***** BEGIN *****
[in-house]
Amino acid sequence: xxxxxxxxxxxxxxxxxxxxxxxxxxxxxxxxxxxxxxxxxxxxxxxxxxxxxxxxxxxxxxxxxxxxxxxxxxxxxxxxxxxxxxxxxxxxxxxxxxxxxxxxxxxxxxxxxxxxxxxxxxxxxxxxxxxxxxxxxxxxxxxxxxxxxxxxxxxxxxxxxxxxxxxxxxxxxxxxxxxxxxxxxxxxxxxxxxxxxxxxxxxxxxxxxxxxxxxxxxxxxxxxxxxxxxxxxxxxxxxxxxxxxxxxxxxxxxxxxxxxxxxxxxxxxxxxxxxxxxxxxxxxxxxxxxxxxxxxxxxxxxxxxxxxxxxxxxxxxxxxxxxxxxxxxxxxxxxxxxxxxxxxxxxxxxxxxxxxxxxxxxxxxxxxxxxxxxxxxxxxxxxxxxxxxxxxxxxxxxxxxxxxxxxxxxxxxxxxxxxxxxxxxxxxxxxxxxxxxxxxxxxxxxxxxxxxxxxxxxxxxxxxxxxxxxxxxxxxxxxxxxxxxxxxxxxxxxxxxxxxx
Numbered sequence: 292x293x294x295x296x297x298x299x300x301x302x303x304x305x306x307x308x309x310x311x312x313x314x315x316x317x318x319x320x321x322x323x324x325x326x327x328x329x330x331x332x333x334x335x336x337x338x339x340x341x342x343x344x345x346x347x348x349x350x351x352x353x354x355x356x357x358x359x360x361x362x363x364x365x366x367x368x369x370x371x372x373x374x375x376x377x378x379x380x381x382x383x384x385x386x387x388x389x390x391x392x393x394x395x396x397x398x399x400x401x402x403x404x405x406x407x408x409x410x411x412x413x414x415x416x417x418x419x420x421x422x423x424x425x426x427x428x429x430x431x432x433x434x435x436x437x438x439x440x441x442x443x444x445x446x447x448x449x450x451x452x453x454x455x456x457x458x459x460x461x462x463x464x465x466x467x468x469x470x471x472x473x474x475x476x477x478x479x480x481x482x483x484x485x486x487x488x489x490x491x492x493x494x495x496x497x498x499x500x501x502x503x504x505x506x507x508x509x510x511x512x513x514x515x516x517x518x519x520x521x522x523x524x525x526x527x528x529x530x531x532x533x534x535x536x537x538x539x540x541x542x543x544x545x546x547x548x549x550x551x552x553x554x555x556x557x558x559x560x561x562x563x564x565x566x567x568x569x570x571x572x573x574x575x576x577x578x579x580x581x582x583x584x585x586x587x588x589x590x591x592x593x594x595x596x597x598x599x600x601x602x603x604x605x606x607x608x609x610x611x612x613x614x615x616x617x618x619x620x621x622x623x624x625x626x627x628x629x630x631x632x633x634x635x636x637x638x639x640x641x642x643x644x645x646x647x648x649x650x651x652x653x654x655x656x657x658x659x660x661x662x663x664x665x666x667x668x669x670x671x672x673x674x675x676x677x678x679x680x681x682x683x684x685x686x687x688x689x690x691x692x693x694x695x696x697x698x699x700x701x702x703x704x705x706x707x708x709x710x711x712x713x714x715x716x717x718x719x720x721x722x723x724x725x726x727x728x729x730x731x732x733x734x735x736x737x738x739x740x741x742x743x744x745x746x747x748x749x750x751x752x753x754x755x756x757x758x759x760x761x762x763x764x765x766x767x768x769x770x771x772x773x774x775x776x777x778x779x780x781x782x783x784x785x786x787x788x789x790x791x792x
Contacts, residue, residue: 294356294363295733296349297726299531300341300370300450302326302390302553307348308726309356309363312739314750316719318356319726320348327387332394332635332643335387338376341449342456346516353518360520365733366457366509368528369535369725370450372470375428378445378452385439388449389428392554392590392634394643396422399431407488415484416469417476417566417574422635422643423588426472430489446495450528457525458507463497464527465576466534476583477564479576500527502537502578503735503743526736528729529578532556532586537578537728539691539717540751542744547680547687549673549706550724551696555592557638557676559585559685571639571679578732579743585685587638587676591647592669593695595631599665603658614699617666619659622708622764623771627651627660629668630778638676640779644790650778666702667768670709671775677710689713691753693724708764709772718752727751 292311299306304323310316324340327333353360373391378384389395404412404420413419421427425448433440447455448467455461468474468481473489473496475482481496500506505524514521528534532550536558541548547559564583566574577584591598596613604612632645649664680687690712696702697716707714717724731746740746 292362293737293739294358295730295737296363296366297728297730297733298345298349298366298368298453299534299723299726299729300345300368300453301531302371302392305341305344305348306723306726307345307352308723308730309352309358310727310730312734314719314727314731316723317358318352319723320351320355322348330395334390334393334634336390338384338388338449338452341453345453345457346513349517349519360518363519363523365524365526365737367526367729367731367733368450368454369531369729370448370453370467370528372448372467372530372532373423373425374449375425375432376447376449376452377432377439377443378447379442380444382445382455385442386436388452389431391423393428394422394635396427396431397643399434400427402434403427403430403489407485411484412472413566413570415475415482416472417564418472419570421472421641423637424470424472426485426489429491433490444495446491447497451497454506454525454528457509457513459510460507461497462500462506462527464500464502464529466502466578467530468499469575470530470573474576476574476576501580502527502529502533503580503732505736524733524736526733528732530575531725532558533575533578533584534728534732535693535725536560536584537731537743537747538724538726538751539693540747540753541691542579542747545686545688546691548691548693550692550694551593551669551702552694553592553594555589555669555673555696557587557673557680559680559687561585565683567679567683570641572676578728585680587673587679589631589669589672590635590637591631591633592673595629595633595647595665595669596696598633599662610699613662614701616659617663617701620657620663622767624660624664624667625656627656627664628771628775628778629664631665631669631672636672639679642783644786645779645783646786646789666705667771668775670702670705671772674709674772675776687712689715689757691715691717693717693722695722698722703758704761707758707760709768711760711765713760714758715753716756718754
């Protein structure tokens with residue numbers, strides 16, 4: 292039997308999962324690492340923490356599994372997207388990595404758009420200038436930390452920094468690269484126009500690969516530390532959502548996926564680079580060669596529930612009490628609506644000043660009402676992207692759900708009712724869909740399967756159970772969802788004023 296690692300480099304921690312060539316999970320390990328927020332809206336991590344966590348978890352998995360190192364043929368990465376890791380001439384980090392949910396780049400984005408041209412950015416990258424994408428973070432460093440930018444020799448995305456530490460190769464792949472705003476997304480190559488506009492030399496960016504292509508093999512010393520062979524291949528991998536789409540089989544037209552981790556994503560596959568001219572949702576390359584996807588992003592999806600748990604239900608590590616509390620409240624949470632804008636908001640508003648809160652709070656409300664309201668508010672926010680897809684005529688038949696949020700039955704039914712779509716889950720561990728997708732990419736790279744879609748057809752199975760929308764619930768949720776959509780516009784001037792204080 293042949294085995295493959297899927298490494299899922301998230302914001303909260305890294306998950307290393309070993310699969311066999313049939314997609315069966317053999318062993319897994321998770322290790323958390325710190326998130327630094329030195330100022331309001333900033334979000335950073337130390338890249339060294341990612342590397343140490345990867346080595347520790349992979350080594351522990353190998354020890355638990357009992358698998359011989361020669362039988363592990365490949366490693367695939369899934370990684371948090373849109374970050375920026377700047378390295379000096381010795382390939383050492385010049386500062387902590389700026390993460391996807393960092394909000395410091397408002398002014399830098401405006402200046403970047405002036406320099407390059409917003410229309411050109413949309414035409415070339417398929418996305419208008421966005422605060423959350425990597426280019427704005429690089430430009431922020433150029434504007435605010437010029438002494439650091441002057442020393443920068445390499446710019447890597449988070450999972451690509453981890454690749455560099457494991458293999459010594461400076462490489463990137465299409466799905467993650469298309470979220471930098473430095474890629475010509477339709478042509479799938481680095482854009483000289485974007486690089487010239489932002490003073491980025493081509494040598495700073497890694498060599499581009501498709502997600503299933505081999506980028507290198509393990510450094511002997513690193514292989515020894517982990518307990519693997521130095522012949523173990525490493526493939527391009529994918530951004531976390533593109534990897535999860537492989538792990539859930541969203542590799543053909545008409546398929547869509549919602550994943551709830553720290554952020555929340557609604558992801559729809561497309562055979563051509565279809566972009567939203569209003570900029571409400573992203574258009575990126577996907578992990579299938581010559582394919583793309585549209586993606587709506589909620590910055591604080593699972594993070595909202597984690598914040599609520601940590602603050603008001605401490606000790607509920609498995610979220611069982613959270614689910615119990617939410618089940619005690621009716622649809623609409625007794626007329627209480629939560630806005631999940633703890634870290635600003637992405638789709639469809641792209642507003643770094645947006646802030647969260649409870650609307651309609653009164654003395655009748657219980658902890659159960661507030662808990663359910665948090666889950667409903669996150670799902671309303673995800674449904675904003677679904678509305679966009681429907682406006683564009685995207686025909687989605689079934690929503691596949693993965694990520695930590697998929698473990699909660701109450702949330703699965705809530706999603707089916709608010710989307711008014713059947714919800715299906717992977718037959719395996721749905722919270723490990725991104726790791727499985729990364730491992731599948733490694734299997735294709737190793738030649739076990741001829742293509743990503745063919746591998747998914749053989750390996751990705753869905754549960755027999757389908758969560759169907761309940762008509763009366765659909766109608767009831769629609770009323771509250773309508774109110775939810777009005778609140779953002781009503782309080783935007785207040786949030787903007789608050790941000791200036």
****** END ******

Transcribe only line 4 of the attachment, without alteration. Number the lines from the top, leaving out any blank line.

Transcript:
Contacts, residue, residue: 294356294363295733296349297726299531300341300370300450302326302390302553307348308726309356309363312739314750316719318356319726320348327387332394332635332643335387338376341449342456346516353518360520365733366457366509368528369535369725370450372470375428378445378452385439388449389428392554392590392634394643396422399431407488415484416469417476417566417574422635422643423588426472430489446495450528457525458507463497464527465576466534476583477564479576500527502537502578503735503743526736528729529578532556532586537578537728539691539717540751542744547680547687549673549706550724551696555592557638557676559585559685571639571679578732579743585685587638587676591647592669593695595631599665603658614699617666619659622708622764623771627651627660629668630778638676640779644790650778666702667768670709671775677710689713691753693724708764709772718752727751 292311299306304323310316324340327333353360373391378384389395404412404420413419421427425448433440447455448467455461468474468481473489473496475482481496500506505524514521528534532550536558541548547559564583566574577584591598596613604612632645649664680687690712696702697716707714717724731746740746 292362293737293739294358295730295737296363296366297728297730297733298345298349298366298368298453299534299723299726299729300345300368300453301531302371302392305341305344305348306723306726307345307352308723308730309352309358310727310730312734314719314727314731316723317358318352319723320351320355322348330395334390334393334634336390338384338388338449338452341453345453345457346513349517349519360518363519363523365524365526365737367526367729367731367733368450368454369531369729370448370453370467370528372448372467372530372532373423373425374449375425375432376447376449376452377432377439377443378447379442380444382445382455385442386436388452389431391423393428394422394635396427396431397643399434400427402434403427403430403489407485411484412472413566413570415475415482416472417564418472419570421472421641423637424470424472426485426489429491433490444495446491447497451497454506454525454528457509457513459510460507461497462500462506462527464500464502464529466502466578467530468499469575470530470573474576476574476576501580502527502529502533503580503732505736524733524736526733528732530575531725532558533575533578533584534728534732535693535725536560536584537731537743537747538724538726538751539693540747540753541691542579542747545686545688546691548691548693550692550694551593551669551702552694553592553594555589555669555673555696557587557673557680559680559687561585565683567679567683570641572676578728585680587673587679589631589669589672590635590637591631591633592673595629595633595647595665595669596696598633599662610699613662614701616659617663617701620657620663622767624660624664624667625656627656627664628771628775628778629664631665631669631672636672639679642783644786645779645783646786646789666705667771668775670702670705671772674709674772675776687712689715689757691715691717693717693722695722698722703758704761707758707760709768711760711765713760714758715753716756718754